Verdict: Not since George Orwell's ANIMAL FARM has a supposed animal "fairy tale" so clearly and effectively imparted a message for all.
In this excellent parable, Sebastian A. Barnes chooses one of the most vulnerable of animals, the doll mouse, to embark on a highly dangerous mission to determine the emotions that govern the universe. The mouse does so by venturing into a dark forest that could have been created by Edgar Allan Poe; populated by baleful creatures all too happy to devour the mouse.
This character endangers itself for the most laudable and universal of motives: to determine whether there is good in everyone. If so, the vicious can be swayed by locating the good in their heart, and Social Darwinism in the animal kingdom can be overthrown. Thankfully, Barnes does not engage in a smug and sledge-hammer delivery of this “message.”
Freed from sermonizing, his message of tolerance is more effective. Nor does he traffic in comic book treatments of absolute good versus absolute evil. Without giving too much away the frightening can also be complex characters. Barnes is so skilled a writer he is able to combine this “message” with horror. One doesn’t have to be the size of the mouse to experience knuckle-biting terror when the character ventures into the forest. Shadows loom and branches break.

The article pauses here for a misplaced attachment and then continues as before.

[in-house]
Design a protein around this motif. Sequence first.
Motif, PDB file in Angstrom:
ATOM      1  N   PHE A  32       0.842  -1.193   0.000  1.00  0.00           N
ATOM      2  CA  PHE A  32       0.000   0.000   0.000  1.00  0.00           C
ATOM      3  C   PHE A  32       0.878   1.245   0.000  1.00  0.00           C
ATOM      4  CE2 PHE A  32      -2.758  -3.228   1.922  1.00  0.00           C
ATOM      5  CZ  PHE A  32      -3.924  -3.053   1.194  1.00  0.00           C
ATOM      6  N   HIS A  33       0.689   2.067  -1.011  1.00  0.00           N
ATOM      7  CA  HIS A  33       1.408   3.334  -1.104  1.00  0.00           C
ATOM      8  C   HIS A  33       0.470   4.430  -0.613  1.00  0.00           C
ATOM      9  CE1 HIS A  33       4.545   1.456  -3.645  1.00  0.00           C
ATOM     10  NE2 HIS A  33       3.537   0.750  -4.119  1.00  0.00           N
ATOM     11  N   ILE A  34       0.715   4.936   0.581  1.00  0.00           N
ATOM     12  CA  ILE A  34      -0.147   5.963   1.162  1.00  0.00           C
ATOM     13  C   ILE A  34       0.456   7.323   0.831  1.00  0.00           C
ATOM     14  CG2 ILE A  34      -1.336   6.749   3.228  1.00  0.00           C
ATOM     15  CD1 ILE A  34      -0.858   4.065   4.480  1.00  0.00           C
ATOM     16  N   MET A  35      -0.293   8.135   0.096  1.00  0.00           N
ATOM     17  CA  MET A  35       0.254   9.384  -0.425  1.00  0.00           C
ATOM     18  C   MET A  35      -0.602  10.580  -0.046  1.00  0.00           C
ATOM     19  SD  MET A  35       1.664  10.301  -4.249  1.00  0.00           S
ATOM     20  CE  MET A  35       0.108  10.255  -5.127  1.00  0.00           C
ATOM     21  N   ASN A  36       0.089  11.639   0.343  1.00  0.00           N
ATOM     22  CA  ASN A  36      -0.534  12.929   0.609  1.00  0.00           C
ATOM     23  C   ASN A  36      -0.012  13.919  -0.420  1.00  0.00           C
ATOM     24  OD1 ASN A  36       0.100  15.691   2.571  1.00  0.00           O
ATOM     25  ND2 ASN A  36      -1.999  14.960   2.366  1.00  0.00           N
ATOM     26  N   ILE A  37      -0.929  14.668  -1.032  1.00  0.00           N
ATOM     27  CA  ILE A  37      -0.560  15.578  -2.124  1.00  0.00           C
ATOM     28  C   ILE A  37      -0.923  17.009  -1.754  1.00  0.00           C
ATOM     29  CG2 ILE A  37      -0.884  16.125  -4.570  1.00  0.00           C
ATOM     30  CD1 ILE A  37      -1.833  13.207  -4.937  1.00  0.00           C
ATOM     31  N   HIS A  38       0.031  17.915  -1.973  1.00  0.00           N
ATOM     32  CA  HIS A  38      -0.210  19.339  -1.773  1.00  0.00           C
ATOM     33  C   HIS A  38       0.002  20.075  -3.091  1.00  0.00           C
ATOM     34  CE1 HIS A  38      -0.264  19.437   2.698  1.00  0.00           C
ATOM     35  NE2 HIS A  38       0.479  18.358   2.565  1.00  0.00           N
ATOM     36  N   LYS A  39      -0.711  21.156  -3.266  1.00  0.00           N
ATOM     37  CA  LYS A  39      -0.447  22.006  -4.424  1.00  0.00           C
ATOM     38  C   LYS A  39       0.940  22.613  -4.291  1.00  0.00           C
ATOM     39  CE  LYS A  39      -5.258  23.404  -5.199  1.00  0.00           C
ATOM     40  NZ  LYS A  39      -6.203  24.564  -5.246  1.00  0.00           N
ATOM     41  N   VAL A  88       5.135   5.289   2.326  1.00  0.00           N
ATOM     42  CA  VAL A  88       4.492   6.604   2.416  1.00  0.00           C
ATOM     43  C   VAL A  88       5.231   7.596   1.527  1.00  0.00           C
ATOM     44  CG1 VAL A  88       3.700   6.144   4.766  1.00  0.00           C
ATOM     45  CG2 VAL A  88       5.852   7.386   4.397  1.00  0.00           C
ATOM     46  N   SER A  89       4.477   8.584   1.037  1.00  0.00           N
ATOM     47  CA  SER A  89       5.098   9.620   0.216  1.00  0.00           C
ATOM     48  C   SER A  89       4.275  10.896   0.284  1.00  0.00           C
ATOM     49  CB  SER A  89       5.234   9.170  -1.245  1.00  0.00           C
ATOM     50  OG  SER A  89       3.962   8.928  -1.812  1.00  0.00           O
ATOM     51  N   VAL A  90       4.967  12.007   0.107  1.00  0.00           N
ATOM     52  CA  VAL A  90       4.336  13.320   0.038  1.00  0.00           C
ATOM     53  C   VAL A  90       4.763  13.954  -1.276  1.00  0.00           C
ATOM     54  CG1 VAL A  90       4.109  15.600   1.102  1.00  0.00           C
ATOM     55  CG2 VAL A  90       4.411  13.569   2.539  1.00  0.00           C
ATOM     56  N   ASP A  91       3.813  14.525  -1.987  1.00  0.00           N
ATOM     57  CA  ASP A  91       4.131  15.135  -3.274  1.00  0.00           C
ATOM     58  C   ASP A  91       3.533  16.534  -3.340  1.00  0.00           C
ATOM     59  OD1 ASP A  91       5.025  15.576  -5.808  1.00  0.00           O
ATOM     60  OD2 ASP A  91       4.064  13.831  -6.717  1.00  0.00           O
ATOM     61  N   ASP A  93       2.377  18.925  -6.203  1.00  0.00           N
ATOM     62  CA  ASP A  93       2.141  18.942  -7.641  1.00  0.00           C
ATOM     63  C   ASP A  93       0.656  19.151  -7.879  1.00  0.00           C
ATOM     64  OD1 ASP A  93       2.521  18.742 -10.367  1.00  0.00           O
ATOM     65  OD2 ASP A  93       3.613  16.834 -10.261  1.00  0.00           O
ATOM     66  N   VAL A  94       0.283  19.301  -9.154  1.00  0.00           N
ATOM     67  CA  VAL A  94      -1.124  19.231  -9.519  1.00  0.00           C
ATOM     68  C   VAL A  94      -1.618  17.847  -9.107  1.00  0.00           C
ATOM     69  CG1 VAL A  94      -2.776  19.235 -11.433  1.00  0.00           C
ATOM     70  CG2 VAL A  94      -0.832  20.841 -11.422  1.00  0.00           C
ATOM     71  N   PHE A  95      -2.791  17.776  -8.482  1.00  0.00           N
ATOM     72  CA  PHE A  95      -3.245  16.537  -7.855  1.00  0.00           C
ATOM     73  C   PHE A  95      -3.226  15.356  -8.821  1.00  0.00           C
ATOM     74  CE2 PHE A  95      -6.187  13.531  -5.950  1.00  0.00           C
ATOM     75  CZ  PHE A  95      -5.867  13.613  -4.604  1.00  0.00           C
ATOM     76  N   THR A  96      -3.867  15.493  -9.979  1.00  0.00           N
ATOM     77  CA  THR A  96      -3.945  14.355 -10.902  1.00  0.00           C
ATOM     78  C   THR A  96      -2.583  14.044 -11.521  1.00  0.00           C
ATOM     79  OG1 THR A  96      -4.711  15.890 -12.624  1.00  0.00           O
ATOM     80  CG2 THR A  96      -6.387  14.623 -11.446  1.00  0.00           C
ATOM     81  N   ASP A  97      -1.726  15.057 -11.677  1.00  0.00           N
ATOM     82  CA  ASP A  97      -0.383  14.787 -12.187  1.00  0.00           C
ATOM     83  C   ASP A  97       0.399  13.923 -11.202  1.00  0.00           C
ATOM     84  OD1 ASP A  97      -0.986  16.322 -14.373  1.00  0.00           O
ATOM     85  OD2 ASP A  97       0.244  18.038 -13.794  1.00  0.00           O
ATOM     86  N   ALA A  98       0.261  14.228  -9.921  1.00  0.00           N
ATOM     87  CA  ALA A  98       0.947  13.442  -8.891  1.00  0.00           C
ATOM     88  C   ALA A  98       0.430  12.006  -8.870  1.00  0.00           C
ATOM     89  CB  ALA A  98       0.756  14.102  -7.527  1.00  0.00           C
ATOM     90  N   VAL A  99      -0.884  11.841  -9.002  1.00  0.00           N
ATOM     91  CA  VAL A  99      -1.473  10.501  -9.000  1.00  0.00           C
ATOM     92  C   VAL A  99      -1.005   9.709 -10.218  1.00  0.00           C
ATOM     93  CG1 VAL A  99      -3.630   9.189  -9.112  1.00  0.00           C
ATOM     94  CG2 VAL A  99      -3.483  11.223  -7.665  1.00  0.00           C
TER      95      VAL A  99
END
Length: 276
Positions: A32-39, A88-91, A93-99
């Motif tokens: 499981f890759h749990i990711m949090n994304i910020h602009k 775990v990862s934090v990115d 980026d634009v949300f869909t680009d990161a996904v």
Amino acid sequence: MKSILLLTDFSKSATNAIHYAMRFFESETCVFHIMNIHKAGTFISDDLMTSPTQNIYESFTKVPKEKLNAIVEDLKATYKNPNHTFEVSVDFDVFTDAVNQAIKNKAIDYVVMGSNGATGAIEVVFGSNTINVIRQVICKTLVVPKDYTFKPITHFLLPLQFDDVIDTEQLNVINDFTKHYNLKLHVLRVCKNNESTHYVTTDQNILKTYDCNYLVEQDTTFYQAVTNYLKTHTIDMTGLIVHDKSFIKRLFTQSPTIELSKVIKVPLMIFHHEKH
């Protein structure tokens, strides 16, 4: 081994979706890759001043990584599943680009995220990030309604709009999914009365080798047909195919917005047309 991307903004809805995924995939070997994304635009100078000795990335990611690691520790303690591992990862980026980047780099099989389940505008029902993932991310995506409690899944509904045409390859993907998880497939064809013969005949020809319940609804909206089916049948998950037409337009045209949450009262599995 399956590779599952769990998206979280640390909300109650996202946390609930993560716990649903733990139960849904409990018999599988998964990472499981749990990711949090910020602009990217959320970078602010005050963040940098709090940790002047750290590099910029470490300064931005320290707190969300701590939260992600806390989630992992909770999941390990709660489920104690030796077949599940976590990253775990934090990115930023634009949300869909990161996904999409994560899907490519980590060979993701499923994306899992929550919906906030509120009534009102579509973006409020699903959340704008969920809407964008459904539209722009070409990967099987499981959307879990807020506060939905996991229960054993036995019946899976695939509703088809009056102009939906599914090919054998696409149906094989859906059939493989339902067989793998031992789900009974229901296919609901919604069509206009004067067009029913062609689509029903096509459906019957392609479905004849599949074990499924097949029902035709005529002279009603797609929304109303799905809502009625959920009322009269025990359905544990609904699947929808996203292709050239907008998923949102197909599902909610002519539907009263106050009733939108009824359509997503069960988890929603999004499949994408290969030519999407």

Today’s paramount message of diversity is sometimes off-putting in its crude and coercively peddled form. This is especially true in “children’s” literature. Critics of political correctness have a point when they assert that the political correct are bent on “indoctrinating” children. A case in point is the Supergirl TV show, which hits viewers over the head with the makers’ demand that audiences applaud a physically brave character for coming out of the closet. As a result, viewers, even ones that could be “reached” with this message, are alienated by the force behind it.
Barnes, however, is no crude propagandist and his light touch will garner him appreciative readers. Not since Orwell’s ANIMAL FARM has a supposed animal “fairy tale” so clearly and effectively imparted a message for all.
~Ron Capshaw for IndieReader